But if you're strictly talking "outcomes", then shot is shot is shot. Dead is dead. Intention doesn't matter.

chance said...

there is much discussion in the law of why motivation matters independent of impact. hate crime is an excellent example.

hate crime legislation recognizes that criminal intentions can be important, independent of the actions they are associated with, because when they arise from a particular tradition of hatred, they can, in the aggregate, be a social force that perpetuates and reinforces the tradition of hate.

hatred of black people, and gay people, and jews, and catholics, and immigrants is different than hatred of an individual, ad hominem, because it represents a destructive cutural institution.

when someone murders another BECAUSE they belong to one of those groups, they cause social harm in addition to the individual harm. the social harm is manifesting hatred in violence, which encourages the same in others that share the hatred and the potential to do violence. that additional harm deserves punishment and should be deterred.

criminal law is about societal condemnation of behavior. we are concerned with those that do violence to individuals. we are more concerned with those that do violence to classes of people.

obviously the respose is "but how can you know when someone acts out of hatred for a class." however, that question is challenges our criminal justice system, not hate crime legislation. it is no more mysterious and difficult to determine the mental state of a hate criminal than any other criminal (and the state must almost always make a showing of mental state). we look to statements, actions, circumstnaces, and ask a jury to do the best it can of deciding whether this was a crime, a hate crime, or a misunderstanding.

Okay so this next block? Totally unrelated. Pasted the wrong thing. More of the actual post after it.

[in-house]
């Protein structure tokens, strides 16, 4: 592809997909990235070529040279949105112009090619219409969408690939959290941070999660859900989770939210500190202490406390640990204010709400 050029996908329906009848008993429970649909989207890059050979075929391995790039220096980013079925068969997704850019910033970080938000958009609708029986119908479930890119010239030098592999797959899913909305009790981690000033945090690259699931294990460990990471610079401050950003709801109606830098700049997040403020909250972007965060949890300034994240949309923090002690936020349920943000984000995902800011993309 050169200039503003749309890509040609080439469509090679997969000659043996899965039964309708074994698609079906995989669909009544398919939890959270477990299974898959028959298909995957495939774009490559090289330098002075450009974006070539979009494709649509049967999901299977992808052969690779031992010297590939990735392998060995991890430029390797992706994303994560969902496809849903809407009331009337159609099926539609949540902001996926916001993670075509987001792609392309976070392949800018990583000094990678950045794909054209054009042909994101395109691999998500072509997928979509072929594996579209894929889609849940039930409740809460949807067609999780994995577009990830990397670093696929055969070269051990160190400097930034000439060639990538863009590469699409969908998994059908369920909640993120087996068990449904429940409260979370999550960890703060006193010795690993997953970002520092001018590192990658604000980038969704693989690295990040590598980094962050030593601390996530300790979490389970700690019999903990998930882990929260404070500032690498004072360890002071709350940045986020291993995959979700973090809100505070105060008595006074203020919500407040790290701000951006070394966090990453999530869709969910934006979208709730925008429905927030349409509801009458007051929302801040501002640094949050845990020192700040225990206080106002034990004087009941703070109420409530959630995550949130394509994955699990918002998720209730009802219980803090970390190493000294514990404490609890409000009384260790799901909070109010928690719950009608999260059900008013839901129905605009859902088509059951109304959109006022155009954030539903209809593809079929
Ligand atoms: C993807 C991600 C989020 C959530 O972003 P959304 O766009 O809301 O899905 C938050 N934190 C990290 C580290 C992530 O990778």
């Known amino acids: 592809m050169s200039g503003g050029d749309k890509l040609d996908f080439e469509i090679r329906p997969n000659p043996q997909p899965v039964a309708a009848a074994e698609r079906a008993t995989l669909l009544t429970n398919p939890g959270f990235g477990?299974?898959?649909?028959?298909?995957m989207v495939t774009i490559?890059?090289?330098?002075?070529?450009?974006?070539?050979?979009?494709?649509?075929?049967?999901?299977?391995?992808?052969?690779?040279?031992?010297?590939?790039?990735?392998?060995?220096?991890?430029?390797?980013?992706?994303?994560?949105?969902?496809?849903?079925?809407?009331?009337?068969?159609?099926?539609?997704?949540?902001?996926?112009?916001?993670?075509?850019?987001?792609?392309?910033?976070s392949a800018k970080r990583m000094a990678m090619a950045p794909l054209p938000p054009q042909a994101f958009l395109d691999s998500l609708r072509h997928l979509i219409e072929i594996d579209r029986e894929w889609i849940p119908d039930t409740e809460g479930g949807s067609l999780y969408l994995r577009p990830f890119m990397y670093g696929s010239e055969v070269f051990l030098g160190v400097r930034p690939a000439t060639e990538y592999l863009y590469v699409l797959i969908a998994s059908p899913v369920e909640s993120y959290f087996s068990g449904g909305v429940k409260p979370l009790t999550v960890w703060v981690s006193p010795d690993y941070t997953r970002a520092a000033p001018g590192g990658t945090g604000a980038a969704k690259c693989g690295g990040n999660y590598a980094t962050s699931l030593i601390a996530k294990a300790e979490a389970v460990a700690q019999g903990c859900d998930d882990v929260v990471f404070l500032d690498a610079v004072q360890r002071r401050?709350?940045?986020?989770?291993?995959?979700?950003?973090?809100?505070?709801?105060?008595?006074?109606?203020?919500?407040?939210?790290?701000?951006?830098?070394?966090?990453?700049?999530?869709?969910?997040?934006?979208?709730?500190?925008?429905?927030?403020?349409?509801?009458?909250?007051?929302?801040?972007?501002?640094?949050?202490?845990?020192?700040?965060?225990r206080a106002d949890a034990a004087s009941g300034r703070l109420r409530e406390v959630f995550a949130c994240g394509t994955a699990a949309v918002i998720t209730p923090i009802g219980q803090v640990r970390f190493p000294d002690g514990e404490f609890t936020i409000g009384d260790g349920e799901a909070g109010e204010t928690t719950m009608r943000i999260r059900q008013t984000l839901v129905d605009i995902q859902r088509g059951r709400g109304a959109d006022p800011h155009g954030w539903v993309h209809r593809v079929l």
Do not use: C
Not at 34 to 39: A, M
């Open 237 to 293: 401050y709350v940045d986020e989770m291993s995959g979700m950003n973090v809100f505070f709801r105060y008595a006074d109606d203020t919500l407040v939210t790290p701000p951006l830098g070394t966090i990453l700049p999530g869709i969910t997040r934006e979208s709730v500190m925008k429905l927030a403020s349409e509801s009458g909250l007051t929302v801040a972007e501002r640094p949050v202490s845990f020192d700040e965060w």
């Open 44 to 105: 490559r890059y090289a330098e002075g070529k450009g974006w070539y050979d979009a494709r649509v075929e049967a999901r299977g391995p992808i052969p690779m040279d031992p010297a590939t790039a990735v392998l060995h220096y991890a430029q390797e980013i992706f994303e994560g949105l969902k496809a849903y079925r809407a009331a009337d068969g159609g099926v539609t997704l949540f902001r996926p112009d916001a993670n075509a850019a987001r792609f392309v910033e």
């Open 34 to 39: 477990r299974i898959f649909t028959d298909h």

it's a devilishly hard question. but i vote for the importance of intentions because it MEANS something different to me and the world when people act out of hatred.

Kritter Krit said...


Wow. Rock me, Amadeus!

That was one GOOD answer. I change my vote to what you said.

Now, come on over to my blog and have a discussion about stuff that really matters. Like Fluff TV and crayons up the nose.

Russ said...

Rob and Kristy,

The law has always recognized that pre-mediatated acts are worse than actions that occur in the moment or accidental actions. I don't disagree with that philosophy.


Chance and Kristy,

Society should NOT be more concerned with protecting groups than individuals. It is individuals that cede freedoms for the protection given to them by society. This is the essential problem with Identity Politics and philosophies that put people in groups. I believe that seeing someone as a member of a group (African-American, Jewish, Catholic, White, etc.) rather than seeing an individual causes many of the problems that you claim the hate crime legislation tries to prevent.


Thank you all for your comments.

chance said...

the best solution for problems of class hatred would be to elliminate the perception of classes, leaving only individuals that do not represent a cultural, religious, or ethnic group. but should the victims of crimes motivated by class hatred suffer while the law indulges the libertarian impulse of reducing the world to an individual of absolute autonomy? should the law recognize a legal fiction of a victim with no cultural identity?

my point is, the legal system has the unfortunate function of operating in reality and in the present to solve existing problems that demand answers. crimes motivated by class hatred are real. and an appeal to hate criminals to shed their perceptions of groupings among individuals ain't going to treat the problem. punishing the injury done to society by hate crimes in addition to the injury done to the victim does treat the problem and is tenable.

the law is built of theories but it doesn't have the luxery of being a theory. it is the application of theories to the most serious of problems.

libertarianism is an appealing theory for its benefits to the libertarian, but it fails in practice for a lack of compassion and practicability, which are considerations as necessary to lawmaking as economics and respect for individual liberties.

great thread russ. hope fayetteville is treating you well.